Friday, June 14, 2013

Fathers and Sons

Sunday will be the first Father's Day in which Chuck plays the roles of both a father and a son. I suppose it would be appropriate for me to impart some paternal wisdom that has been handed down from generation to generation, but, in fact, I don't recall that my father and I ever had a conversation about what fatherhood was about.

My father's father came to the United States from Greece in 1911.  Mostly, I've been told, he sold flowers on the street corner. However else he managed to eke out a living, he was able to provide for his family.

Though he was illiterate, my grandfather would carry a newspaper with him every day so that people would not know. As a kid, my father thought that his father was stupid and a fool for pretending he could read. Years later, it occurred to him that his father's deception was an object lesson in the importance of education; he got respect because people thought he could read and write. So it must have made him proud that all four of his children graduated high school.

Growing up, I often resented the fact that my father was not home much. In addition to being a New York City firefighter, working alternating day and night shifts that changed on a weekly basis, he had side businesses as an insurance broker and a tax preparer. As a result, it seemed that he was always working a lot more than he was home; certainly he was not like the fathers of my friends, who were home for dinner every night. That he missed a number of plays, football games, and other school events that I was in seemed to me a sign that he didn't care.

And yet, somewhere along the way, he taught me how to throw and catch. He took me to ball games at Yankee Stadium and to the very first Jets game ever played at Shea Stadium. He took my brothers and me to Palisades Amusement Park every summer. He even took me to the firehouse where he worked and let me climb on the fire truck. (He never let me slide down the pole, though!)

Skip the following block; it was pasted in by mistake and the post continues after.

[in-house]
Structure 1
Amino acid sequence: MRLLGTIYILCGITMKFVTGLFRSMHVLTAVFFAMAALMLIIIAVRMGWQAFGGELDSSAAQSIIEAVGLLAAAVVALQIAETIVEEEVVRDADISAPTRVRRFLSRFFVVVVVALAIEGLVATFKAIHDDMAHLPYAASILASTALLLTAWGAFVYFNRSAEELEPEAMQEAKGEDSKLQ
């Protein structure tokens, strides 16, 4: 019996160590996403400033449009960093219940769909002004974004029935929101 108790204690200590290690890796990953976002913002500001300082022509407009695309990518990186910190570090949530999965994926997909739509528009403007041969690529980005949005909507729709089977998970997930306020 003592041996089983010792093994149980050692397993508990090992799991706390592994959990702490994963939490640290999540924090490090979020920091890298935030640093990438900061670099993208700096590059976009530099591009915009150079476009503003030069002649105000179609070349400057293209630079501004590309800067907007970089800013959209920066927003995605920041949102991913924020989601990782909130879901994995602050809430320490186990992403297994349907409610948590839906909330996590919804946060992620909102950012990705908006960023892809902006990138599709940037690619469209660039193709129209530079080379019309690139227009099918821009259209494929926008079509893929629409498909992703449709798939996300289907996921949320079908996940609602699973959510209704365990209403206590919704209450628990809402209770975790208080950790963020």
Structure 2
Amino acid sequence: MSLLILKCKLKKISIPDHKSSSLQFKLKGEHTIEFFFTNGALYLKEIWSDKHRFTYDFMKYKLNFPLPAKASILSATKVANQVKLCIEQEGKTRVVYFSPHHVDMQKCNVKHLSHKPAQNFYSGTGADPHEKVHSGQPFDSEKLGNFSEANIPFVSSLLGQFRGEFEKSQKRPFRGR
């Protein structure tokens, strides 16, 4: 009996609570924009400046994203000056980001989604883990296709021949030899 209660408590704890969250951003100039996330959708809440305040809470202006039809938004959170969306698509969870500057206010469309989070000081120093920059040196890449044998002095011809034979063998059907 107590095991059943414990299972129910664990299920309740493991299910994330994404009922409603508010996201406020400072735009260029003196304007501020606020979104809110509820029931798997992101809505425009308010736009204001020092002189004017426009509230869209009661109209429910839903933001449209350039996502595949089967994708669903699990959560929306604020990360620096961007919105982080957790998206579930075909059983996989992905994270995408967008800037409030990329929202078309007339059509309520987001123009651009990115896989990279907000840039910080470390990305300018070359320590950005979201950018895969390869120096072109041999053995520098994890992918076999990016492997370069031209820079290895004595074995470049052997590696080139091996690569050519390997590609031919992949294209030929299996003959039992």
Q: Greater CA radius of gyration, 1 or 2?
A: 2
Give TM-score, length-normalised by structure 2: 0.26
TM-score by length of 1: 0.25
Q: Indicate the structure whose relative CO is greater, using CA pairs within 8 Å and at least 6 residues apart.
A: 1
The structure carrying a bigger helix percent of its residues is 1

More importantly, there was food on the table, clothes on our backs, and a roof over our heads. While we never lived extravagantly, there was also never any question that all the bills would be paid and any emergencies could be dealt with. It was not until years later, when I was on my own and married, that I realized this was because my father was working so much.

If there is a lesson to be learned from this, it is that sons do not always understand why their fathers do what they do. That said, there is probably something I did when Chuck was growing up that he has or will come to see in a different light. And someday he will explain it to Alex...

1 comment:

  1. And I'm sure there was a time in your youth when someone noticed how you were perceiving it all and told you how you'd feel different when you became an adult. Funny how it turns out to be true.